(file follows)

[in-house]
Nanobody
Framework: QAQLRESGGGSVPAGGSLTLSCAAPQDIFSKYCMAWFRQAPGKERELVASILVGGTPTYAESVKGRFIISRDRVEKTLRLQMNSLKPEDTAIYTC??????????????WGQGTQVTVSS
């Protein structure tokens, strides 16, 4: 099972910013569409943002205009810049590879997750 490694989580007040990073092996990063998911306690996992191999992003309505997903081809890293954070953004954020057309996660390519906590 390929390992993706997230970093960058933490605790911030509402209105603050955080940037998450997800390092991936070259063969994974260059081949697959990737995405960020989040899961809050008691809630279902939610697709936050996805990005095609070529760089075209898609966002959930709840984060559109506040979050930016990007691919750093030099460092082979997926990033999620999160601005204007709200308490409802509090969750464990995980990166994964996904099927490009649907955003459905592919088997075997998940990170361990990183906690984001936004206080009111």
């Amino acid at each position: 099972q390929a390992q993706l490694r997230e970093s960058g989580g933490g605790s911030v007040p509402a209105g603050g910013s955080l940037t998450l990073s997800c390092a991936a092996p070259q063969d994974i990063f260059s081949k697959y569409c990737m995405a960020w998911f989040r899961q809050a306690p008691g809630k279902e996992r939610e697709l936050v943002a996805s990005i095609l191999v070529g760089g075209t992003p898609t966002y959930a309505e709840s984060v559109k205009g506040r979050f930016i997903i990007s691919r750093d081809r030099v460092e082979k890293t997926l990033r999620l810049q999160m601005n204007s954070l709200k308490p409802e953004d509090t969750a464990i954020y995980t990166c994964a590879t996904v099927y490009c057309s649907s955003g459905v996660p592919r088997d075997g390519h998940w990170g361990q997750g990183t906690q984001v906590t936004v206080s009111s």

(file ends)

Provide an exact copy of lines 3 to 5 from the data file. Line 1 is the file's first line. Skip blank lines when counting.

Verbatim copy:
Framework: QAQLRESGGGSVPAGGSLTLSCAAPQDIFSKYCMAWFRQAPGKERELVASILVGGTPTYAESVKGRFIISRDRVEKTLRLQMNSLKPEDTAIYTC??????????????WGQGTQVTVSS
């Protein structure tokens, strides 16, 4: 099972910013569409943002205009810049590879997750 490694989580007040990073092996990063998911306690996992191999992003309505997903081809890293954070953004954020057309996660390519906590 390929390992993706997230970093960058933490605790911030509402209105603050955080940037998450997800390092991936070259063969994974260059081949697959990737995405960020989040899961809050008691809630279902939610697709936050996805990005095609070529760089075209898609966002959930709840984060559109506040979050930016990007691919750093030099460092082979997926990033999620999160601005204007709200308490409802509090969750464990995980990166994964996904099927490009649907955003459905592919088997075997998940990170361990990183906690984001936004206080009111």
């Amino acid at each position: 099972q390929a390992q993706l490694r997230e970093s960058g989580g933490g605790s911030v007040p509402a209105g603050g910013s955080l940037t998450l990073s997800c390092a991936a092996p070259q063969d994974i990063f260059s081949k697959y569409c990737m995405a960020w998911f989040r899961q809050a306690p008691g809630k279902e996992r939610e697709l936050v943002a996805s990005i095609l191999v070529g760089g075209t992003p898609t966002y959930a309505e709840s984060v559109k205009g506040r979050f930016i997903i990007s691919r750093d081809r030099v460092e082979k890293t997926l990033r999620l810049q999160m601005n204007s954070l709200k308490p409802e953004d509090t969750a464990i954020y995980t990166c994964a590879t996904v099927y490009c057309s649907s955003g459905v996660p592919r088997d075997g390519h998940w990170g361990q997750g990183t906690q984001v906590t936004v206080s009111s």